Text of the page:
CoPilot Provider Services has reached a $130,000 settlement with New York state for delaying its HIPAA breach notification process.

NY Attorney General, Eric Schneiderman, determined that CoPilot unlawfully delayed HIPAA breach notification to 221,178 customers a full year after the initial breach took place.

Schneiderman’s office found that the data breach occurred in October of 2015 due to access by an unauthorized user. CoPilot stores confidential reimbursement data on clients’ patients. The investigation found that the unauthorized individual downloaded patient data, including names, dates of birth, addresses, phone numbers, and medical insurance account information.

The HIPAA breach notification process should have followed in a timely manner from there, however CoPilot didn’t notify its clients of the breach until January of 2017. The attorney general found that this was in violation of general business law. CoPilot contends that the breach notification was delayed due to an FBI investigation into the culprit. FBI investigators did not instruct CoPilot to delay breach notification.

“Healthcare services providers have a duty to protect patient records as securely as possible and to provide notice when a breach occurs,” said Schneiderman in a statement. “Waiting over a year to provide notice is unacceptable. My office will continue to hold businesses accountable to their responsibility to protect customers’ private information.”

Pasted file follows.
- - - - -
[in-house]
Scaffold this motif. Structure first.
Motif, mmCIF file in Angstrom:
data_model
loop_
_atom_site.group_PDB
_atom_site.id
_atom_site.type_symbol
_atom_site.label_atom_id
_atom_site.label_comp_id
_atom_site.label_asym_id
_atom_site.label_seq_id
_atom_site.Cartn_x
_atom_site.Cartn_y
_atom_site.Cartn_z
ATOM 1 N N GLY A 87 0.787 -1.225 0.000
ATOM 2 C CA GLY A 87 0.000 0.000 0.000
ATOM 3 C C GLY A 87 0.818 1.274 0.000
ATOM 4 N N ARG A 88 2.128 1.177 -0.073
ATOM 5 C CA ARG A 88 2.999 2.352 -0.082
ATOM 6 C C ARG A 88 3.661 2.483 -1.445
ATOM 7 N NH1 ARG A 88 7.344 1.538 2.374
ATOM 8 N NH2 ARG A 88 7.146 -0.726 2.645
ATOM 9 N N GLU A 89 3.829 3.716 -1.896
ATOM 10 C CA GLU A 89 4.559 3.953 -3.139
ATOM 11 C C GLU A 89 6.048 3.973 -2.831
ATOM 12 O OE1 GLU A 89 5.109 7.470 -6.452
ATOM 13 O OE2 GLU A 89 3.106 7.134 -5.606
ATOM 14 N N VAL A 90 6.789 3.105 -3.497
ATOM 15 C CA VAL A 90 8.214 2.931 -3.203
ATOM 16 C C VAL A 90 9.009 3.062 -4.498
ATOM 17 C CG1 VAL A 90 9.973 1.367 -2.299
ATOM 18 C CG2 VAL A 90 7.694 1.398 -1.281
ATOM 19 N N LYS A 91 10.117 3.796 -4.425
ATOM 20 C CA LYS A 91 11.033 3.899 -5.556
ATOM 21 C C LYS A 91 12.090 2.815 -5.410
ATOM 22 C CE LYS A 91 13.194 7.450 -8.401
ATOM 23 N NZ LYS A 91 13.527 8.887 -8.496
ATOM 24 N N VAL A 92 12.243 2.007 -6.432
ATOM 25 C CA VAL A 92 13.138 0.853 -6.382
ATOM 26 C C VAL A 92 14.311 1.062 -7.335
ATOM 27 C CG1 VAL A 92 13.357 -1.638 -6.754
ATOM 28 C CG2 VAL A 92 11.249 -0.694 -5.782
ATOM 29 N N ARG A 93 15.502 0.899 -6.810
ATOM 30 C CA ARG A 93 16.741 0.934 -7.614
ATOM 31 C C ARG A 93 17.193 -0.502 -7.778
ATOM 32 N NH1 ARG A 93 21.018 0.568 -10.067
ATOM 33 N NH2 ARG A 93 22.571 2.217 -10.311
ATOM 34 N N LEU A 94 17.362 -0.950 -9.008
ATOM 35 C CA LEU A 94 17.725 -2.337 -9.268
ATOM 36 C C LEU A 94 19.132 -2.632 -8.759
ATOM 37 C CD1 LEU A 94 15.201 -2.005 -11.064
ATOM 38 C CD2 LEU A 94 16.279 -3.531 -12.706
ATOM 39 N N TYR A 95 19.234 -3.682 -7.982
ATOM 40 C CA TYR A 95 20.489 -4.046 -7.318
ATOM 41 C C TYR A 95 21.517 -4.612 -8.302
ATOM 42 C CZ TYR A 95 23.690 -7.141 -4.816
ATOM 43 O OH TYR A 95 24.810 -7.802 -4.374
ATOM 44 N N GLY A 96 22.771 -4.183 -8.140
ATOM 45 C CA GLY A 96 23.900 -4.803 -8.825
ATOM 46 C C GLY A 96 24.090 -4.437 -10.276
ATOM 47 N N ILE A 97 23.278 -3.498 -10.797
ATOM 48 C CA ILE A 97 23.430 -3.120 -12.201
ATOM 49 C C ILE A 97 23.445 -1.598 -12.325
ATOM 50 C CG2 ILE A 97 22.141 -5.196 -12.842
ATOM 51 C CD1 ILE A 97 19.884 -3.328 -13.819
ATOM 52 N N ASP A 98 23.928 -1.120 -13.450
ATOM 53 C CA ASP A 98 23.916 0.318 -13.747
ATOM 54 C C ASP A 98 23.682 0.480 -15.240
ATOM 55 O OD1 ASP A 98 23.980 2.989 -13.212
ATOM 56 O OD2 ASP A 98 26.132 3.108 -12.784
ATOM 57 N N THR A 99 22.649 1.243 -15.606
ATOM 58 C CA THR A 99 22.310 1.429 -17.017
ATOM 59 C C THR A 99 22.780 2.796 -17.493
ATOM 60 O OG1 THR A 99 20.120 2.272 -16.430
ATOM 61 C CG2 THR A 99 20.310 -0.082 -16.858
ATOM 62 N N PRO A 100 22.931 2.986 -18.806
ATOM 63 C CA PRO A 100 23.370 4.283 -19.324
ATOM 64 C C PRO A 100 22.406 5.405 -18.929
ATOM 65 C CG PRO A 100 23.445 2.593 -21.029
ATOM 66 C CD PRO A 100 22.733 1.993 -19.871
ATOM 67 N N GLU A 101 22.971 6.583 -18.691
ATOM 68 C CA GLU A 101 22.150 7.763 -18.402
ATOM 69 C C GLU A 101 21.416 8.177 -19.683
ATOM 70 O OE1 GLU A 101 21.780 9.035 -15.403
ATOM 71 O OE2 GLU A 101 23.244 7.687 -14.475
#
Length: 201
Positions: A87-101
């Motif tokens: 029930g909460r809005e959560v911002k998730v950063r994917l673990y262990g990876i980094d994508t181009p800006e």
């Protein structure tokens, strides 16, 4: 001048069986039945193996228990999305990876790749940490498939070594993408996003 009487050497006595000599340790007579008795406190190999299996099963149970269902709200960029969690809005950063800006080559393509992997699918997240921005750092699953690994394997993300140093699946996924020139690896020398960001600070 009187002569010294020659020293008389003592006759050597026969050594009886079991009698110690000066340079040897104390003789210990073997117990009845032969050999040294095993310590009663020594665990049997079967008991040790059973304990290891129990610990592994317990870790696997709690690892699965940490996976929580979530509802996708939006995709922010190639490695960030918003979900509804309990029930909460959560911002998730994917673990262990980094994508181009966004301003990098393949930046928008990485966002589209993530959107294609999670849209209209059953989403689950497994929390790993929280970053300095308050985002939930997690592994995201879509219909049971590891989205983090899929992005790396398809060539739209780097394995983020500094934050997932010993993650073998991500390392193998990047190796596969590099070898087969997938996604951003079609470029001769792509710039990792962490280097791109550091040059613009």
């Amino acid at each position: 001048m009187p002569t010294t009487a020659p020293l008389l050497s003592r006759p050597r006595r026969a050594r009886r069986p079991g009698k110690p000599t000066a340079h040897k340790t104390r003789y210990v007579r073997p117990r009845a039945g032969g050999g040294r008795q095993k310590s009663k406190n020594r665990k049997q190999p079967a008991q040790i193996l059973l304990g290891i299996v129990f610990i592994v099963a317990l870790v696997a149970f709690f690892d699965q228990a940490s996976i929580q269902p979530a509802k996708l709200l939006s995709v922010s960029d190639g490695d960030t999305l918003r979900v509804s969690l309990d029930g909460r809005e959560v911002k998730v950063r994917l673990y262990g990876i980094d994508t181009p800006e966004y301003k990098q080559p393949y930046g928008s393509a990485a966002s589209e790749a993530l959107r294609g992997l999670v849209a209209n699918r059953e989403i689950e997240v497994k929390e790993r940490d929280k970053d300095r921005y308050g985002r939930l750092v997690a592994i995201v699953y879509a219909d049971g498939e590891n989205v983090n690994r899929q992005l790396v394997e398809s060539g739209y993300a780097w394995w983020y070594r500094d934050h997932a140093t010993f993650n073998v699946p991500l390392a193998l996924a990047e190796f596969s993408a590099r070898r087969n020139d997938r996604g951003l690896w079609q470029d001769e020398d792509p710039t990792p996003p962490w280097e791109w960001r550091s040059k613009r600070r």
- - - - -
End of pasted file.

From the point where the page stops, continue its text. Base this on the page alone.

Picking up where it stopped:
HIPAA Breach Notification Violation?

The Department of Health and Human Services (HHS) is currently determining if CoPilot is considered a business associate under HIPAA regulation.

A HIPAA business associate is an organization hired by a healthcare provider that handles protected health information (PHI) over the course of the work it’s been hired to provide. This includes IT services providers, practice management firms, attorneys, EHR platforms, shredding companies, and physical and cloud storage providers, to name a few.

Because the CoPilot data breach included the health insurance information of over 220,000 patients, it’s very likely that the organization will be considered a HIPAA business associate.

The HIPAA Breach Notification Rule sets specific federal guidelines for notifying patients about a data breach. When a breach includes more that 500 individuals’ records it’s considered “Meaningful.” Meaningful breaches must be reported within 60 days of discovery–that includes patient notification, local media notification, notice to local law enforcement, and a report to the Office for Civil Rights (OCR).

As per information released by the Office of the New York Attorney General, the one-year delay in breach notification did not comply with HIPAA standards.

HIPAA investigations typically take anywhere from 2-4 years to reach settlement, meaning that an announcement out of OCR could still be a long time coming.

In January of 2017, OCR reached its first HIPAA settlement for violation of the HIPAA Breach Notification Rule for $475,000. OCR typically sets precedents for future enforcement efforts early in the year, indicating that more settlements for violation of Breach Notification standards are likely on the horizon. Trends in HIPAA enforcement continue to evolve, and CoPilot could be another target in the months and years ahead.

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